By Ayrel Clark-Proffitt, Office of Sustainability
Last Wednesday, Film Festival Flix provided a special documentary screening at Brewvies of the 2009 film “So Right So Smart.” The film focuses on why it is smart business sense to be more sustainable, and focuses heavily on Ray Anderson and his vision to turn Interface Inc. from a wasteful, heavy consumer of petroleum into one of the world’s most sustainable companies and, by 2020, a zero-environmental footprint firm. Anderson referred to himself as a “radical industrialist” and has stated that being put on the path to sustainability helped him not only realize the wrong his company was doing, but also the many opportunities that come from new, green thinking. Anderson died of cancer in 2011.
George Bandy, the current vice president for sustainability at Interface, will speak at the University of Utah on Sept. 19 at 11:30 am in the Saltair Room of the Union. During his talk, “Designing a Future with Nature in Mind,” he will talk about conservation, corporate citizenship, better business practices, and diversity. The talk is free. Bandy will also be the keynote speaker at the Net Impact Utah conference on Sept. 20.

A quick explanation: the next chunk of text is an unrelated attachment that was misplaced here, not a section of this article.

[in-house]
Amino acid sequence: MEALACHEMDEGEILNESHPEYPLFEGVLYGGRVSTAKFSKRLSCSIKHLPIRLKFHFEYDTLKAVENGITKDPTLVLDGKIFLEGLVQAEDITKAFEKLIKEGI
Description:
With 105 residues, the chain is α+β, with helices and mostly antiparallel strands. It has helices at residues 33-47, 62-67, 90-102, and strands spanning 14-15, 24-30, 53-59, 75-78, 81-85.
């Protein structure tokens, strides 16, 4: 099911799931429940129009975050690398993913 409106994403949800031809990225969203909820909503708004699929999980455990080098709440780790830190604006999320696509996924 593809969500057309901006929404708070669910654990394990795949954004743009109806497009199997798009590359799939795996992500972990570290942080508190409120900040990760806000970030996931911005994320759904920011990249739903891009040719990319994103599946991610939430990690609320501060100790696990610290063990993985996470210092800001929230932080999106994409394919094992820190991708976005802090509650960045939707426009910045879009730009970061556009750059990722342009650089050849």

One of the things that struck me during the film was when Ray Anderson read a poem that was written by Glenn Thomas, an Interface employee, in response to the company’s U-turn toward environmental conservation and closed-systems thinking. Anderson joked that to his knowledge, he had never inspired a poem before. The third stanza is where the poem really grabs you:
© Glenn Thomas
Without a name; an unseen face
and knowing not your time nor place
Tomorrow’s Child, though yet unborn,
I met you first last Tuesday morn.
A wise friend introduced us two,
and through his sobering point of view
I saw a day that you would see;
a day for you, but not for me
Knowing you has changed my thinking,
for I never had an inkling
That perhaps the things I do
might someday, somehow, threaten you
Tomorrow’s Child, my daughter-son
I’m afraid I’ve just begun
To think of you and of your good,
Though always having known I should.
Begin I will to weigh the cost
of what I squander; what is lost
If ever I forget that you
will someday come to live here too.